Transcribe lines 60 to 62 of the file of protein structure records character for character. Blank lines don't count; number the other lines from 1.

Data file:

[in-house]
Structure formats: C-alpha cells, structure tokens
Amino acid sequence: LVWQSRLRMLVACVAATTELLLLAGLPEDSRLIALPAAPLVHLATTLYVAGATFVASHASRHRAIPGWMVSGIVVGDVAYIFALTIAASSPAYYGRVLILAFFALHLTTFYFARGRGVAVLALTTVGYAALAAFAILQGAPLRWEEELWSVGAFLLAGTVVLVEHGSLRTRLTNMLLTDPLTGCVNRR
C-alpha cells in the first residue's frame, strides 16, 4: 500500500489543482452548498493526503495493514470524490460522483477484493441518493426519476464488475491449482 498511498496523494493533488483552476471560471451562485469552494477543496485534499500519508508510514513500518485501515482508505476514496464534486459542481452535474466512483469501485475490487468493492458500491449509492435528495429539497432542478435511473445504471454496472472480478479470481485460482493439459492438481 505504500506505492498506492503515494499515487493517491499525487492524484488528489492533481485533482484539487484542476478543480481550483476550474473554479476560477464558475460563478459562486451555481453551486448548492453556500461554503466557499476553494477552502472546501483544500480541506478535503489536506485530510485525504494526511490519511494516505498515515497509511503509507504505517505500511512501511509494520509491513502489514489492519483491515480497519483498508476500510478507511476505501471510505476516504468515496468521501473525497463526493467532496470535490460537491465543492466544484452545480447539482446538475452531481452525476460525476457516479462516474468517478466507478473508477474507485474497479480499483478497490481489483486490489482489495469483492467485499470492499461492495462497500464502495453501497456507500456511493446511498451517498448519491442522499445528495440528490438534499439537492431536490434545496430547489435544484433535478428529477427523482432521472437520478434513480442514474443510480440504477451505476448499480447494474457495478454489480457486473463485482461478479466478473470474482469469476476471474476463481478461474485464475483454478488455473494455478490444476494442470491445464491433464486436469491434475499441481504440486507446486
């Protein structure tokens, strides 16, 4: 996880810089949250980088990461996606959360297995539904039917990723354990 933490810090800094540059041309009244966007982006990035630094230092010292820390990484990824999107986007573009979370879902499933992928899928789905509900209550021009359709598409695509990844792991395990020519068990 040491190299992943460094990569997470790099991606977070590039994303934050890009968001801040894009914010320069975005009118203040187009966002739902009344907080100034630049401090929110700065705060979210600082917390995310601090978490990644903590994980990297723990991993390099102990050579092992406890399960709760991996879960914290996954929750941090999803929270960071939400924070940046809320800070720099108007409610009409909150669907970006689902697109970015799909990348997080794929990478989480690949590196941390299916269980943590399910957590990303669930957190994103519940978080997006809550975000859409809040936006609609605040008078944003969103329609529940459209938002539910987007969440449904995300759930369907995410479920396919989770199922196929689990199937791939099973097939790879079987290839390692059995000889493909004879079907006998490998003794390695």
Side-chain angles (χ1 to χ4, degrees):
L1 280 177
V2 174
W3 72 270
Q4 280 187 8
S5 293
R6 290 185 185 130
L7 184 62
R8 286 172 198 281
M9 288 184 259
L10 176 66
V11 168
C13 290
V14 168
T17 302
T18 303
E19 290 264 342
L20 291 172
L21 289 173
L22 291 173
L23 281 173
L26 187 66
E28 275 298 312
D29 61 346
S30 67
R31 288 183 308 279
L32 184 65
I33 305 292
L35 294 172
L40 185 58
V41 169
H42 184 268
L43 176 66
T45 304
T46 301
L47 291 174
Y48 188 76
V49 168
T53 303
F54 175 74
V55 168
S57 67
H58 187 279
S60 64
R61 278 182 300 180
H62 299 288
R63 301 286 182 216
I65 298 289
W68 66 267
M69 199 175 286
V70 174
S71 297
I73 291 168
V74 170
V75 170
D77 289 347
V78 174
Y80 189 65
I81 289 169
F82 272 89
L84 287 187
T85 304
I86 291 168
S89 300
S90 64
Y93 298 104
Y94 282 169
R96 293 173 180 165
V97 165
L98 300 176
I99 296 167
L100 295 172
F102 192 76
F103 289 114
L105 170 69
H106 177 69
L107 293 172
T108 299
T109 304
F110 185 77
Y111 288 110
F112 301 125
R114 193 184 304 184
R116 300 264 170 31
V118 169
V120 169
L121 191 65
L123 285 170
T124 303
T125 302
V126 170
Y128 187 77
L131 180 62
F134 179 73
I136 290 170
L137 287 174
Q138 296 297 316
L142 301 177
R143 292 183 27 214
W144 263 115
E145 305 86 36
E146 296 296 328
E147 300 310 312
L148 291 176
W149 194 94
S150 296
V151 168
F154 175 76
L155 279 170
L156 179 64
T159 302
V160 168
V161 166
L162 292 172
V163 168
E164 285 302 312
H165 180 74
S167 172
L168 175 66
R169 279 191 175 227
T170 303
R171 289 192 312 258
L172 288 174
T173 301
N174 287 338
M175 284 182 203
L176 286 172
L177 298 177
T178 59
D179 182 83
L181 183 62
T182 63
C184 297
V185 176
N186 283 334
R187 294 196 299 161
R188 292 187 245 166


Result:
V75 170
D77 289 347
V78 174